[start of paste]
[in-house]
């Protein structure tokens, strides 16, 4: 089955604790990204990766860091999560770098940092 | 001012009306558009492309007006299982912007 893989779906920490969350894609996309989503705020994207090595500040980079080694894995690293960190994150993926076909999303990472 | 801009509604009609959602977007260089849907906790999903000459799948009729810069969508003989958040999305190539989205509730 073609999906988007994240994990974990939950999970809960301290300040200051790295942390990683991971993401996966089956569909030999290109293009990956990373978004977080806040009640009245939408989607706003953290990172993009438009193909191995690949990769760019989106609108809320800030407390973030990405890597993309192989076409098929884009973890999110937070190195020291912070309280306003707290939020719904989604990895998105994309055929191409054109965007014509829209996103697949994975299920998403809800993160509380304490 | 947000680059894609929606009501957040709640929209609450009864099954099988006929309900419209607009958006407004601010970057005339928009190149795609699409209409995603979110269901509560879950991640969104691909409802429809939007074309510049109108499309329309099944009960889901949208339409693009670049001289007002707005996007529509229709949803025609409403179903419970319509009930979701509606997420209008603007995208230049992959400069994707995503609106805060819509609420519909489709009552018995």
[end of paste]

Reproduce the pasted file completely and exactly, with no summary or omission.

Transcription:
[in-house]
């Protein structure tokens, strides 16, 4: 089955604790990204990766860091999560770098940092 | 001012009306558009492309007006299982912007 893989779906920490969350894609996309989503705020994207090595500040980079080694894995690293960190994150993926076909999303990472 | 801009509604009609959602977007260089849907906790999903000459799948009729810069969508003989958040999305190539989205509730 073609999906988007994240994990974990939950999970809960301290300040200051790295942390990683991971993401996966089956569909030999290109293009990956990373978004977080806040009640009245939408989607706003953290990172993009438009193909191995690949990769760019989106609108809320800030407390973030990405890597993309192989076409098929884009973890999110937070190195020291912070309280306003707290939020719904989604990895998105994309055929191409054109965007014509829209996103697949994975299920998403809800993160509380304490 | 947000680059894609929606009501957040709640929209609450009864099954099988006929309900419209607009958006407004601010970057005339928009190149795609699409209409995603979110269901509560879950991640969104691909409802429809939007074309510049109108499309329309099944009960889901949208339409693009670049001289007002707005996007529509229709949803025609409403179903419970319509009930979701509606997420209008603007995208230049992959400069994707995503609106805060819509609420519909489709009552018995």